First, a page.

Sexually transmitted infection (STI) prevention messages delivered by Facebook can be effective in promoting condom use among young adults in the short term, a new study has found.
Few students and young adults receive comprehensive sexuality education or guidance on HIV and other STI risks. Social media may provide a viable alternative to promote safe sex using online networks of friends, the study published in the November issue of the American Journal of Preventive Medicine reports.
''The use of social media to influence sexual risk behaviour in the short term is novel. It is a first step in considering how to reach the overwhelming numbers of youth online, and how to maximize approaches to technology-based interventions,'' says lead investigator Sheana S Bull, PhD, MPH, of the department of community and behavioural Health at the Colorado School of Public Health at the University of Colorado Anschutz Medical Campus.
Researchers initially recruited study participants in community settings and through postings on popular blogs and websites, as well as advertisements in college and local papers in US cities with higher-than-average rates for STI and HIV. Recruitment focused on African-American and Latino youth given the disparity of infections between these groups and other young adults.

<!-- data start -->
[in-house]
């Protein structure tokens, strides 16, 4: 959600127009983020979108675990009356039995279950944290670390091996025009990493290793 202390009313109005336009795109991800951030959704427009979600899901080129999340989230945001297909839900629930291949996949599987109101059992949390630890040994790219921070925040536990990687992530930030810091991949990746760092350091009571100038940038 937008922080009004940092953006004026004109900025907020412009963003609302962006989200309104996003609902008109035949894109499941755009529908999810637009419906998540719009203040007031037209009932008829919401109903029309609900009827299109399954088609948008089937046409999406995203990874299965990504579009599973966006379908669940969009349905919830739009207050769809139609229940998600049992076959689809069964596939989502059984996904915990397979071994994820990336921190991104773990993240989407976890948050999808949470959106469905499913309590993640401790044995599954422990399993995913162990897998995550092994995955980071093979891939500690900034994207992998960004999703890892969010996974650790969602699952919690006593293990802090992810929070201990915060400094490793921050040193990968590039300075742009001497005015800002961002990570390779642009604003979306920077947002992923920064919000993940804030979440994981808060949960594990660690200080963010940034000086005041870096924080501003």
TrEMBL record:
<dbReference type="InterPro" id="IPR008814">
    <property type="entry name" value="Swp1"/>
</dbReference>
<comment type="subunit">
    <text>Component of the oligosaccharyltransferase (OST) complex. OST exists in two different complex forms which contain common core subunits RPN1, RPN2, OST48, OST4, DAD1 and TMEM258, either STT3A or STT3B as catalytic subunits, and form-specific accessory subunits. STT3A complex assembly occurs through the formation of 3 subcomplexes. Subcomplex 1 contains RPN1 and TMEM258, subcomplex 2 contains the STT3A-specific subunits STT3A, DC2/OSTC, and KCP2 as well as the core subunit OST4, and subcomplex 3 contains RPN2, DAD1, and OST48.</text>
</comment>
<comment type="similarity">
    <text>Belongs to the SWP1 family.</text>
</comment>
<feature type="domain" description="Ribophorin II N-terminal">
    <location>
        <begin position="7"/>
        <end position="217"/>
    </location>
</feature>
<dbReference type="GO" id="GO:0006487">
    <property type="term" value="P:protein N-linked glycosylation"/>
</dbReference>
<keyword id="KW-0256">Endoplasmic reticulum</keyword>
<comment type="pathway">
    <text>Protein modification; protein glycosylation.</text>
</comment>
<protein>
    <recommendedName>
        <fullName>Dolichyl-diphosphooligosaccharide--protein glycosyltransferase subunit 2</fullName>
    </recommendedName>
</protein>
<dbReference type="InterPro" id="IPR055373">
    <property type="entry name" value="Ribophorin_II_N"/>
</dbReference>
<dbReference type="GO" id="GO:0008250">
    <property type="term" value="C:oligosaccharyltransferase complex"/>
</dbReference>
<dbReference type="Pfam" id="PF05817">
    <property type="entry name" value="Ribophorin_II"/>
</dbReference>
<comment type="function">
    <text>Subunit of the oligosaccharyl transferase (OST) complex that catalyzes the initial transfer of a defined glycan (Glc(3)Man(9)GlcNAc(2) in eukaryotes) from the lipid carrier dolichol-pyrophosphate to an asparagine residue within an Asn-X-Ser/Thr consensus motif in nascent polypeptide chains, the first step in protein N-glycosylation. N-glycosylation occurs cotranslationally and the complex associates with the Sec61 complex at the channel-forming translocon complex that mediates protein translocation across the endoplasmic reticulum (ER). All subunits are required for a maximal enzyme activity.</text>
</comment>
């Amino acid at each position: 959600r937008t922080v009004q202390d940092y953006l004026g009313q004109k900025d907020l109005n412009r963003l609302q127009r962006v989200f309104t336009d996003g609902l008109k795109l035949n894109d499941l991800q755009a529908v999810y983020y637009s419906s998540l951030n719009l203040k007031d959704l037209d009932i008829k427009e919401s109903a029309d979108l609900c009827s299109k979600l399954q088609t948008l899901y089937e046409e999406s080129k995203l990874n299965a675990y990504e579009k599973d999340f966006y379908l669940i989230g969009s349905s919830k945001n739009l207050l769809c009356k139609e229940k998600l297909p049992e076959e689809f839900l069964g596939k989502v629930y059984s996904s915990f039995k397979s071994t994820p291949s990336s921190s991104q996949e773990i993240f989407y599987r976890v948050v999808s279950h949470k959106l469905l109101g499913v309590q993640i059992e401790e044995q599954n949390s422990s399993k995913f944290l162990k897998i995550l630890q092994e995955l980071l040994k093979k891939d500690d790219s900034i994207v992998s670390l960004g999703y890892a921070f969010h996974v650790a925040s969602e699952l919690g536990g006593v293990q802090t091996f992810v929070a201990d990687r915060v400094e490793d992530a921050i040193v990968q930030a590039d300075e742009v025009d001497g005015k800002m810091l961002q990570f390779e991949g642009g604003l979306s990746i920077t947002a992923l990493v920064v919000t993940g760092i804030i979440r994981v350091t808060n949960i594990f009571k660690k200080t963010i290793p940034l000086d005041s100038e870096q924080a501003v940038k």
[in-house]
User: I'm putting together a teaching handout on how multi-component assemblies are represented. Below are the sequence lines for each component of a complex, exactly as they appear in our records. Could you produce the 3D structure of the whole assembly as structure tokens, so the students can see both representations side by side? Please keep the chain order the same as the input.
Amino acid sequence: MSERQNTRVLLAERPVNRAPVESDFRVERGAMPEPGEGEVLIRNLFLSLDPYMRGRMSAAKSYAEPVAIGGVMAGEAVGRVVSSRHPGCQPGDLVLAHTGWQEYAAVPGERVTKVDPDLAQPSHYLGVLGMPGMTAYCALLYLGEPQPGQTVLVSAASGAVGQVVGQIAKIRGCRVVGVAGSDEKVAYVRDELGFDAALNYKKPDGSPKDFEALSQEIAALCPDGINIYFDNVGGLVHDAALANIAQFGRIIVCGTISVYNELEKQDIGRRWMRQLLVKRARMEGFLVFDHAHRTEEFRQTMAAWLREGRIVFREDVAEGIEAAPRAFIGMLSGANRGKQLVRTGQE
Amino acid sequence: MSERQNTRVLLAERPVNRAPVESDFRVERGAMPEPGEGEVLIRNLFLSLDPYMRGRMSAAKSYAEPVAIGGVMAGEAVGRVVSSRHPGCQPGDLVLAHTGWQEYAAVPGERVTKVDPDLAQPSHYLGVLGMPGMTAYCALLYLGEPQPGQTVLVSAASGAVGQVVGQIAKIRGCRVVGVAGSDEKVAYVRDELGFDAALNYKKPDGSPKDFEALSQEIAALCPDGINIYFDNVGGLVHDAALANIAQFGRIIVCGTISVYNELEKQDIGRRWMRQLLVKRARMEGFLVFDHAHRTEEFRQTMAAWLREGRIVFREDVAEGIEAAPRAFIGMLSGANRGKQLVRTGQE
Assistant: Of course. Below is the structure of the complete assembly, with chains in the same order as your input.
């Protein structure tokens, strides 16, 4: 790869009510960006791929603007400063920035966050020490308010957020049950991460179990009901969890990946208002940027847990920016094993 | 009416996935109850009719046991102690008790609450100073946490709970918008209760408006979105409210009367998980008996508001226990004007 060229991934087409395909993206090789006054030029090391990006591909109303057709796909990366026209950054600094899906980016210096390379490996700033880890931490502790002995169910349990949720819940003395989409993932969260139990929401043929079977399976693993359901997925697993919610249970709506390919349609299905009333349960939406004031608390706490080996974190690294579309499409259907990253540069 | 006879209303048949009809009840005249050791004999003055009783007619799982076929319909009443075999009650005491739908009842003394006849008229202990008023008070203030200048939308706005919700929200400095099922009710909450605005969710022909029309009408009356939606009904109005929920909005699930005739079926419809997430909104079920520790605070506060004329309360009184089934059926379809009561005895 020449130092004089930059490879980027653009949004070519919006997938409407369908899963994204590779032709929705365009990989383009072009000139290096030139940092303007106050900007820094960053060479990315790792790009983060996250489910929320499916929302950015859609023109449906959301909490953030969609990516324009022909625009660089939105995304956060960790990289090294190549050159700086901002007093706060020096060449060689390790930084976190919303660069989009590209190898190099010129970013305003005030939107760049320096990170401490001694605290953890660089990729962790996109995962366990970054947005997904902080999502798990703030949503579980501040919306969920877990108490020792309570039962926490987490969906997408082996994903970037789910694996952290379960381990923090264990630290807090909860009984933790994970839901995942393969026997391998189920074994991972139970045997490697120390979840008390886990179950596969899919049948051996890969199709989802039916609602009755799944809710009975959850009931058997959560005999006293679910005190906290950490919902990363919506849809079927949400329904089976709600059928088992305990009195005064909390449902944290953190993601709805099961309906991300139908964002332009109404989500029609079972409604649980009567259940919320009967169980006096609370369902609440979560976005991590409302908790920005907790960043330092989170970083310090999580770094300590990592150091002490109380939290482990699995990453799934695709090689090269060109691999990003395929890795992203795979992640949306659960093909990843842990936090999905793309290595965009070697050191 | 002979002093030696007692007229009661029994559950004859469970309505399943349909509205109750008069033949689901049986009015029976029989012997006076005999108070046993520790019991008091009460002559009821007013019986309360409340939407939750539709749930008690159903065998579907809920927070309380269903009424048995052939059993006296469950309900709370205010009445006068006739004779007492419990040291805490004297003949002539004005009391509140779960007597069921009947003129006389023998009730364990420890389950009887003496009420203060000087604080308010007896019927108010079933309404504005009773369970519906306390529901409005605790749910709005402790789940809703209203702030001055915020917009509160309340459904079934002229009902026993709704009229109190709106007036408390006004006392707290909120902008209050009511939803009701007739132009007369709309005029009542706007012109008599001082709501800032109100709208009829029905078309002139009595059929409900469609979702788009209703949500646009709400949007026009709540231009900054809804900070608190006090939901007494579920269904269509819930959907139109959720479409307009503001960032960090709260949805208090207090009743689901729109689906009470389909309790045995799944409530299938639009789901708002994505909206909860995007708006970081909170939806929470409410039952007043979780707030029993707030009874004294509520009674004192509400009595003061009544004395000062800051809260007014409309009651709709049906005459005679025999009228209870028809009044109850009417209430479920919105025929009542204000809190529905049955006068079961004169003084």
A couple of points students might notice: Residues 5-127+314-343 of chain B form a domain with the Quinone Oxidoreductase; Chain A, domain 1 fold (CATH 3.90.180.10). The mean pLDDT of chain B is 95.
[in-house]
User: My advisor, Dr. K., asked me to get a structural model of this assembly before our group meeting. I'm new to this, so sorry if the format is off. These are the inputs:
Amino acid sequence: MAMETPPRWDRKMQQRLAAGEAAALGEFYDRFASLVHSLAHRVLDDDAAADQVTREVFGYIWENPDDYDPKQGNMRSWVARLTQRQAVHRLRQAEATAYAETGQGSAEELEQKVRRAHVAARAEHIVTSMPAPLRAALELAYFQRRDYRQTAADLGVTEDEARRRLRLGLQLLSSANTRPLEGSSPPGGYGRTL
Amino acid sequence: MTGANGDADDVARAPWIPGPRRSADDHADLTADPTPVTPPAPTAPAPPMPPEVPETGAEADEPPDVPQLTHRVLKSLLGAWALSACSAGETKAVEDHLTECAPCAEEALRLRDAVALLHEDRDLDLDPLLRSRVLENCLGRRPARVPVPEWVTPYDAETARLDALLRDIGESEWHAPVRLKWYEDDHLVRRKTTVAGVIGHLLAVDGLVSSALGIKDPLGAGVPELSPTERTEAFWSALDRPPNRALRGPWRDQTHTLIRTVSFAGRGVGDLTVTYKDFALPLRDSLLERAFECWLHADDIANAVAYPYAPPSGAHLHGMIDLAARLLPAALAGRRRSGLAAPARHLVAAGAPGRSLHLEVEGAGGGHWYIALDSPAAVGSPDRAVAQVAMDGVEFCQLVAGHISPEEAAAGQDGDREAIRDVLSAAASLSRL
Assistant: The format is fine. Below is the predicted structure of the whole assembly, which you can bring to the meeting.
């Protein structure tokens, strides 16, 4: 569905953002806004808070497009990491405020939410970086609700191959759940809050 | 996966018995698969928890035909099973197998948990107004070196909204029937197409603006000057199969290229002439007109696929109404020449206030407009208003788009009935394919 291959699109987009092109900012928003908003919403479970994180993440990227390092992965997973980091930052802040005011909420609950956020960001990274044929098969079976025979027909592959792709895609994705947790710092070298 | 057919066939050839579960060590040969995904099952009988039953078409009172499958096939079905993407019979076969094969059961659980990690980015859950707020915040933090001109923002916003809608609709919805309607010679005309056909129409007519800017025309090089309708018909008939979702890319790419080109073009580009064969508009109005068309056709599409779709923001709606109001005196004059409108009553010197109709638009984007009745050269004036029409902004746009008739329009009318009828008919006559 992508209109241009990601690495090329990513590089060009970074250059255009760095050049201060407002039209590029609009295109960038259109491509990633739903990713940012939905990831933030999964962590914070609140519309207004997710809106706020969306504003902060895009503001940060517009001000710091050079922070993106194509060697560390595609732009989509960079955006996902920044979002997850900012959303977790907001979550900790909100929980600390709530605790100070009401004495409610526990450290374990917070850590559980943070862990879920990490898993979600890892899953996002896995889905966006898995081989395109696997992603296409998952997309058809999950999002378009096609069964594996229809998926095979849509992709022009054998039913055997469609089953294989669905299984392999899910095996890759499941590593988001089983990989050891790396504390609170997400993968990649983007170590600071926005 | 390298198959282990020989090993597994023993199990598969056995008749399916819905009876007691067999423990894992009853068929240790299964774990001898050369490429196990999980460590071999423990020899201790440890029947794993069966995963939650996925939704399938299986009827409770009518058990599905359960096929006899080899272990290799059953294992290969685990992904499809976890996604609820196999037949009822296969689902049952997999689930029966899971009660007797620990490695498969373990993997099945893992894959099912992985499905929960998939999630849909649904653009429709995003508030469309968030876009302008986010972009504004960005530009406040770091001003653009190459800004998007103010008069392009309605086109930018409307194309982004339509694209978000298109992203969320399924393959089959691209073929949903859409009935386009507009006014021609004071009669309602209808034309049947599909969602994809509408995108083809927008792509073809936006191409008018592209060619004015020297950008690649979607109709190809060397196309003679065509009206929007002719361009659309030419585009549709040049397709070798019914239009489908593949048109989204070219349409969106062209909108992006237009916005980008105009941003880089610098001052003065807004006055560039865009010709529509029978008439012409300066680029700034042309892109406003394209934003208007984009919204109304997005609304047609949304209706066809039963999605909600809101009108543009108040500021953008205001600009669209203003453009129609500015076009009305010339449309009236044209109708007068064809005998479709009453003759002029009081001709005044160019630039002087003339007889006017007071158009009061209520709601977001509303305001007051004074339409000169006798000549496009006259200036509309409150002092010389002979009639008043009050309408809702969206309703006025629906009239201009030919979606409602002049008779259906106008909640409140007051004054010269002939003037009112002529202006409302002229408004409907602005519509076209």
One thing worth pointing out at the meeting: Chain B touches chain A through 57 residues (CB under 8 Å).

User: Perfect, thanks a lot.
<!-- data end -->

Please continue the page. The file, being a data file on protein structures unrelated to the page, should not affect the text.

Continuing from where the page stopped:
Each recruit was given an incentive to recruit three friends to participate, and each new recruit was also incentivised to recruit three friends, for five recruitment waves.
Participants and those they recruited were randomly assigned as a network to either an intervention group or a control group. The intervention group signed up to ''Like'' and receive news from Just/Us, a Facebook community developed to promote sexual health.